Photo Nevada County

NEVADA CITY, Calif. December 5, 2018 – The Wildfire Prevention and Preparedness  Town Hall held at Nevada County’s Rood Center drew an estimated 450 residents – the largest crowd for a public meeting at this venue – eager to hear answers from an expert panel.

With the BOS Chamber filled to capacity as soon as the doors opened at 5:30 pm, conference rooms in the building were opened to accommodate the overflow crowd wanting to listen to and ask questions of fire, law enforcement and county staff.

CAL FIRE Interim Unit Chief Brian Estes kicked off the evening by presenting a sobering assessment of the recent fires, noting that California’s largest fire (the Mendocino Complex) and the most destructive (Camp Fire) both took place this year. He recalled the slogan “You provide the defense, we provide the offense” was coined 15 years ago, but that now more than ever residents and agencies need to do more and work together.

Sheriff-Elect Shannan Moon emphasized the importance of following evacuation advisories and warnings, explaining that being prepared for emergencies is now part of living in this area. She also talked about the beneficial changes in cooperation between law enforcement and firefighters that reduce response times and make more resources available during the initial attack phase of a fire.

Nevada County OES Director Steve Monaghan was pleased to see a majority of the audience had signed up with the county’s Code Red emergency notification system. He reminded everyone that in case of a fire or power outage cordless phones might not work, but an “old-fashioned” corded phone and a battery-operated radio will keep you connected and informed.

Grass Valley Police Chief Alex Gammelgard gave an overview of the mutual aid system, explaining how in case of an emergency every available resource from all agencies will converge on the incident – noting that, if needed, out-of-county resources can be called upon.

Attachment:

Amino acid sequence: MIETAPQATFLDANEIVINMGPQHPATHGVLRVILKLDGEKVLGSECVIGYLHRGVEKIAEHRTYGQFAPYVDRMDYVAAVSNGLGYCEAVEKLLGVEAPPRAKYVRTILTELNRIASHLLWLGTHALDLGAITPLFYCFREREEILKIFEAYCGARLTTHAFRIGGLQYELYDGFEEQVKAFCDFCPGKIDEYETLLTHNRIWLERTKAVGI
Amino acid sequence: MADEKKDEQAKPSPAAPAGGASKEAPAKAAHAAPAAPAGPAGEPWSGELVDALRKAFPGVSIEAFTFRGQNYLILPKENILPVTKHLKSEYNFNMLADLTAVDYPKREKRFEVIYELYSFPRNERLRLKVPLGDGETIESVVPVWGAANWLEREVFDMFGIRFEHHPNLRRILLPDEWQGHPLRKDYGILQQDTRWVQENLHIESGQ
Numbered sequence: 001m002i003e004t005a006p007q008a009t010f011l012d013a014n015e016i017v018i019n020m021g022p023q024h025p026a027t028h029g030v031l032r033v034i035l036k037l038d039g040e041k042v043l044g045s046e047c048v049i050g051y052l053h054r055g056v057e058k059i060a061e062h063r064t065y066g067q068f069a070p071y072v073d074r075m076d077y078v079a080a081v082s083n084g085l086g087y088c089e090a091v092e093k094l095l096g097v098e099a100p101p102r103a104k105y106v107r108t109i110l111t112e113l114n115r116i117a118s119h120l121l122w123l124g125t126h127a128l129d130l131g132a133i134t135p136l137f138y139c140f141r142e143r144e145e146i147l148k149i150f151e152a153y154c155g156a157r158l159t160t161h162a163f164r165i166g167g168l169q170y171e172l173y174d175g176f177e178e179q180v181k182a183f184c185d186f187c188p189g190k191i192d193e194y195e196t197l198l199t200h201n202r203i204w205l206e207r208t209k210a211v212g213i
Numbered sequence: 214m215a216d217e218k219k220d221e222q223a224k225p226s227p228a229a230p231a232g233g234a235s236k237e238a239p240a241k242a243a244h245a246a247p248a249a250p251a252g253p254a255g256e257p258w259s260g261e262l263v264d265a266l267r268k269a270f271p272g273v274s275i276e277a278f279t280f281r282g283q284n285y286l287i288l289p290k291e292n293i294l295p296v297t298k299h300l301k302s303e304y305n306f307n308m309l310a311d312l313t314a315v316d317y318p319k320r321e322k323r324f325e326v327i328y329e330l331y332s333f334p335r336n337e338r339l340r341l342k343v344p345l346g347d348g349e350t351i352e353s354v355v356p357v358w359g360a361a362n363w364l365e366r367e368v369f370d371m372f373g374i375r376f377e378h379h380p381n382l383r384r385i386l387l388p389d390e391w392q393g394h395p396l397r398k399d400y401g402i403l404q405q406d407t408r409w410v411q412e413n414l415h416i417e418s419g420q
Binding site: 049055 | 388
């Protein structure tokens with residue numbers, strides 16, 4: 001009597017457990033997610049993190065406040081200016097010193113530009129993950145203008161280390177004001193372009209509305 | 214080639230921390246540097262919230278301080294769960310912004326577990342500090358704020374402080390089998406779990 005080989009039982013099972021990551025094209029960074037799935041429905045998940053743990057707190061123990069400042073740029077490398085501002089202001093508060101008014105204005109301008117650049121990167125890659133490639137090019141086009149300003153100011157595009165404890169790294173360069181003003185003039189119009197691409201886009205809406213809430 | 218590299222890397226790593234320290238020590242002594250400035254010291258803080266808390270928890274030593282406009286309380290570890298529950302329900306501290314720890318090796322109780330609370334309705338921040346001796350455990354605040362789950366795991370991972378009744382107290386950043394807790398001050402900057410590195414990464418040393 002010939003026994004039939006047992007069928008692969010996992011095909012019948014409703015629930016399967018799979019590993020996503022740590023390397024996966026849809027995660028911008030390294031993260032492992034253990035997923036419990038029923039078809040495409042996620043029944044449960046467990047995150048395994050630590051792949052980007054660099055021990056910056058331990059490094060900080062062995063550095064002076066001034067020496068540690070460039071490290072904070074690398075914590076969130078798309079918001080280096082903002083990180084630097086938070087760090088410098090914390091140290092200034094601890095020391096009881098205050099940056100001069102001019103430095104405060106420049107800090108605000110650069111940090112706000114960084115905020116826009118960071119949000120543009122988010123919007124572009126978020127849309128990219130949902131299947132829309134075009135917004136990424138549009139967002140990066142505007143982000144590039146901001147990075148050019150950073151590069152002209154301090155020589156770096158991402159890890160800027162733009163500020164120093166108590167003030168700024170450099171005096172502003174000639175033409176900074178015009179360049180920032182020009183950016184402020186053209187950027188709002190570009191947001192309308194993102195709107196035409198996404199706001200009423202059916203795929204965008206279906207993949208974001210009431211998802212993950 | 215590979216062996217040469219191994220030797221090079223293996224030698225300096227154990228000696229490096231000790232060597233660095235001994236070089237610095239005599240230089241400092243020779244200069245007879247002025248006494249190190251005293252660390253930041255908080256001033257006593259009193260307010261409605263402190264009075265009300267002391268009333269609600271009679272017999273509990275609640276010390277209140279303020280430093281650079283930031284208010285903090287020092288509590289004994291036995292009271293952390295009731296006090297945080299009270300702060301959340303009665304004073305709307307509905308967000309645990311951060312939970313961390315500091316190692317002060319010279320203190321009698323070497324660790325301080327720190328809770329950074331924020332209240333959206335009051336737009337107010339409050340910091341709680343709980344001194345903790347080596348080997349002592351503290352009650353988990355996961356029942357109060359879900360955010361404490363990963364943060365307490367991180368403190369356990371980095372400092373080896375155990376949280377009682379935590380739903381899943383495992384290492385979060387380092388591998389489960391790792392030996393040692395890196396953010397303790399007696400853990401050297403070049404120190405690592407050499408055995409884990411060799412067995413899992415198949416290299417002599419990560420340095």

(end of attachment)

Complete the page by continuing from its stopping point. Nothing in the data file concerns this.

Grass Valley Fire Division Chief Sam Goodspeed focused on Nevada City, his response area, detailing the fuel reduction work accomplished on city properties and the plans for the coming year. Nevada City will accelerate their outreach to the community through social media, their website and newsletters.

Grass Valley Fire Chief Mark Buttron illustrated the cooperation between agencies and the model that is the CUnique in the nation, the system draws on local, state and federal resources – sending strike teams composed of different local departments to incidents when needed while maintaining full coverage of each department’s response area.

CHP Grass Valley Commander Lt. George Steffenson spoke very highly of all Nevada County first responder agencies and their dedication to a common mission. He provided details on how short-term and long-term road closures are being decided on and handled by CHP.